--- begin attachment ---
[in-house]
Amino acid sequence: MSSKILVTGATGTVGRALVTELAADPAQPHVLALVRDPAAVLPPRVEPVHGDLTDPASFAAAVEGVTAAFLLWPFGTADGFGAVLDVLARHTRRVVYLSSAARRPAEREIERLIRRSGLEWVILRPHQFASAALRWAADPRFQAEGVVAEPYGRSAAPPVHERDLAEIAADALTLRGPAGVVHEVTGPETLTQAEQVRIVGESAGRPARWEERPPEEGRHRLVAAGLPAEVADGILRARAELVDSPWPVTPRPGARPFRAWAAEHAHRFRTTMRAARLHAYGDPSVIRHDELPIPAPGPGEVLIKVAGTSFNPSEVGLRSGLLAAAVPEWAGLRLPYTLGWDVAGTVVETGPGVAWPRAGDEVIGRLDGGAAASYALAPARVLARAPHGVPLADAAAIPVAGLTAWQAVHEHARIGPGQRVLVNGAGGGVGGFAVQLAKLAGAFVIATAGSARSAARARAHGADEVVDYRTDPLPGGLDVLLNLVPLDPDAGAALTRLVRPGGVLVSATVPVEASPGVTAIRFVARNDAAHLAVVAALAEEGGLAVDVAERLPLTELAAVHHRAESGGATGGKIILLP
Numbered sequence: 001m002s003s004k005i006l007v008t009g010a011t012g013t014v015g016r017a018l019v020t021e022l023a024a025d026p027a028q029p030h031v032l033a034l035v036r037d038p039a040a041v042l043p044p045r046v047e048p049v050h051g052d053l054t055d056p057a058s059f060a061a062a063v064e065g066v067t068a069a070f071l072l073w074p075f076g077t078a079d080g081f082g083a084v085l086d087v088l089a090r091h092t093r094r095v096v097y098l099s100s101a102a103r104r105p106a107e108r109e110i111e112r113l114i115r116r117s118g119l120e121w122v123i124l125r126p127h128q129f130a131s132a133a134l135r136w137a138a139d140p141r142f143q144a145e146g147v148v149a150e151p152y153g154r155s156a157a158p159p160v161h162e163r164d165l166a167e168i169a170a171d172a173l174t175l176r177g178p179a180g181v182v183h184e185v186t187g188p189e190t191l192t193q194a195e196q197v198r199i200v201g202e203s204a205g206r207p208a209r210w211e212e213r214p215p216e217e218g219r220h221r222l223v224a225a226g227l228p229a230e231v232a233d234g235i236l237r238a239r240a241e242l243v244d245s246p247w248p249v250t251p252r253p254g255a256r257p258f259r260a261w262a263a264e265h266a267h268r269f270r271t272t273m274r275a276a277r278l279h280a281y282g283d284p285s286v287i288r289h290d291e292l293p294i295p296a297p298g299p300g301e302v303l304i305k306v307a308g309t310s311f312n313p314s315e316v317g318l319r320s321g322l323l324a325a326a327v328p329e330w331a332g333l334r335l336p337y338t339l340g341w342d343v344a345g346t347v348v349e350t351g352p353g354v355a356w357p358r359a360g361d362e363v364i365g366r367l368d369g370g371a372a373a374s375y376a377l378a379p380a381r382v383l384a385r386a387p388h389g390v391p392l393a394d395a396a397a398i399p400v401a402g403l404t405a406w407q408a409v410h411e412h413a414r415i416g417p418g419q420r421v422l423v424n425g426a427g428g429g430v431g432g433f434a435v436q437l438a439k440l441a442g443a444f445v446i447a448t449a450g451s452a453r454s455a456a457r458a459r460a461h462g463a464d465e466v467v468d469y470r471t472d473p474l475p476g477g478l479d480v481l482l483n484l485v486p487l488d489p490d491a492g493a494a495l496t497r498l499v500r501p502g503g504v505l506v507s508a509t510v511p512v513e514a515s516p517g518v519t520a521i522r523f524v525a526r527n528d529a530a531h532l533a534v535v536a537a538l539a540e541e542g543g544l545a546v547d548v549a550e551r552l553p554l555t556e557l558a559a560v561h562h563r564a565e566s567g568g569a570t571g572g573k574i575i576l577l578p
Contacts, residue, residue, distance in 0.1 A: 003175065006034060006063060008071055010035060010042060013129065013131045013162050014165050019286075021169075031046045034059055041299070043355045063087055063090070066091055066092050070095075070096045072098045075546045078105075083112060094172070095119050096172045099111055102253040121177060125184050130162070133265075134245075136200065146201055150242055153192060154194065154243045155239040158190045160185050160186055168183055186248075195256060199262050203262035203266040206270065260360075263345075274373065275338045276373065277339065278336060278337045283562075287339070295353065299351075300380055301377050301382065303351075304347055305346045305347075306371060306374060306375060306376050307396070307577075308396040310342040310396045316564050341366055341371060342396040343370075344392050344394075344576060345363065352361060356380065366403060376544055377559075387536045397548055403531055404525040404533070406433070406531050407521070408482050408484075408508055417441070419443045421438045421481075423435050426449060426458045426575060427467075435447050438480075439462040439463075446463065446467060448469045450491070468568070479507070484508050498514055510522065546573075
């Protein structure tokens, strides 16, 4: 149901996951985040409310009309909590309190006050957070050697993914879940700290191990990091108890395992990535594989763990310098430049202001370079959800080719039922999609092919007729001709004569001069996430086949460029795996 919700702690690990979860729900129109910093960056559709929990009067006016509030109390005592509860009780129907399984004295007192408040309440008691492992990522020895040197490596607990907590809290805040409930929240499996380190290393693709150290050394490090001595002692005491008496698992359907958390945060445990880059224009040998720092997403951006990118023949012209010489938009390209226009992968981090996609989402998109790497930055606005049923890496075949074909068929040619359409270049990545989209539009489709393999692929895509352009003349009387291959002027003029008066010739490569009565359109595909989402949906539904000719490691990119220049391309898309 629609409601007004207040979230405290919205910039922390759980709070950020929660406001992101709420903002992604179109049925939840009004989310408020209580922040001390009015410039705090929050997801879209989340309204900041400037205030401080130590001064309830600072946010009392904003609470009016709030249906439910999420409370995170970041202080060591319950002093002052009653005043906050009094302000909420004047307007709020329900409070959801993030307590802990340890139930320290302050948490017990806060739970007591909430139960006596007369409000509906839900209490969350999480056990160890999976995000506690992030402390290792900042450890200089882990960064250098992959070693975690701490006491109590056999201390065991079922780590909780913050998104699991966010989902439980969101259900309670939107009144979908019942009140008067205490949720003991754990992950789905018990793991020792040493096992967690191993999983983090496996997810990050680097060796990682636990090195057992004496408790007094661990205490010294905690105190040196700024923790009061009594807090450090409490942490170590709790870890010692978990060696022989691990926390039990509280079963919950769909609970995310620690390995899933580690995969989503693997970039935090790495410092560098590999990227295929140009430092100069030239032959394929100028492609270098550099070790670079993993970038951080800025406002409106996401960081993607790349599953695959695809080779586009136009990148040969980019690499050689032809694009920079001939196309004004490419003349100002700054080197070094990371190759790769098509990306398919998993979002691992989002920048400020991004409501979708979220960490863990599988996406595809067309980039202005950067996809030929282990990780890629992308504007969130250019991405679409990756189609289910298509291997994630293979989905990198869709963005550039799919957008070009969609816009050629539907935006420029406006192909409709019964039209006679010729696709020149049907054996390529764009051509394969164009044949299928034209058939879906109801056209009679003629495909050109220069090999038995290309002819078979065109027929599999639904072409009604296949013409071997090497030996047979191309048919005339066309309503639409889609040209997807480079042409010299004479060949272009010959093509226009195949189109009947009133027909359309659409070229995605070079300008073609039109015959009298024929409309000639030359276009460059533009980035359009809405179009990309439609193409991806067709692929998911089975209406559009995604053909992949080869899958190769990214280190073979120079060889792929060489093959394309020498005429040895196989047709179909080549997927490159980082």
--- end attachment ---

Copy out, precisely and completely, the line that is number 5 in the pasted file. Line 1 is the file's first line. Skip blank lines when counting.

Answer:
């Protein structure tokens, strides 16, 4: 149901996951985040409310009309909590309190006050957070050697993914879940700290191990990091108890395992990535594989763990310098430049202001370079959800080719039922999609092919007729001709004569001069996430086949460029795996 919700702690690990979860729900129109910093960056559709929990009067006016509030109390005592509860009780129907399984004295007192408040309440008691492992990522020895040197490596607990907590809290805040409930929240499996380190290393693709150290050394490090001595002692005491008496698992359907958390945060445990880059224009040998720092997403951006990118023949012209010489938009390209226009992968981090996609989402998109790497930055606005049923890496075949074909068929040619359409270049990545989209539009489709393999692929895509352009003349009387291959002027003029008066010739490569009565359109595909989402949906539904000719490691990119220049391309898309 629609409601007004207040979230405290919205910039922390759980709070950020929660406001992101709420903002992604179109049925939840009004989310408020209580922040001390009015410039705090929050997801879209989340309204900041400037205030401080130590001064309830600072946010009392904003609470009016709030249906439910999420409370995170970041202080060591319950002093002052009653005043906050009094302000909420004047307007709020329900409070959801993030307590802990340890139930320290302050948490017990806060739970007591909430139960006596007369409000509906839900209490969350999480056990160890999976995000506690992030402390290792900042450890200089882990960064250098992959070693975690701490006491109590056999201390065991079922780590909780913050998104699991966010989902439980969101259900309670939107009144979908019942009140008067205490949720003991754990992950789905018990793991020792040493096992967690191993999983983090496996997810990050680097060796990682636990090195057992004496408790007094661990205490010294905690105190040196700024923790009061009594807090450090409490942490170590709790870890010692978990060696022989691990926390039990509280079963919950769909609970995310620690390995899933580690995969989503693997970039935090790495410092560098590999990227295929140009430092100069030239032959394929100028492609270098550099070790670079993993970038951080800025406002409106996401960081993607790349599953695959695809080779586009136009990148040969980019690499050689032809694009920079001939196309004004490419003349100002700054080197070094990371190759790769098509990306398919998993979002691992989002920048400020991004409501979708979220960490863990599988996406595809067309980039202005950067996809030929282990990780890629992308504007969130250019991405679409990756189609289910298509291997994630293979989905990198869709963005550039799919957008070009969609816009050629539907935006420029406006192909409709019964039209006679010729696709020149049907054996390529764009051509394969164009044949299928034209058939879906109801056209009679003629495909050109220069090999038995290309002819078979065109027929599999639904072409009604296949013409071997090497030996047979191309048919005339066309309503639409889609040209997807480079042409010299004479060949272009010959093509226009195949189109009947009133027909359309659409070229995605070079300008073609039109015959009298024929409309000639030359276009460059533009980035359009809405179009990309439609193409991806067709692929998911089975209406559009995604053909992949080869899958190769990214280190073979120079060889792929060489093959394309020498005429040895196989047709179909080549997927490159980082």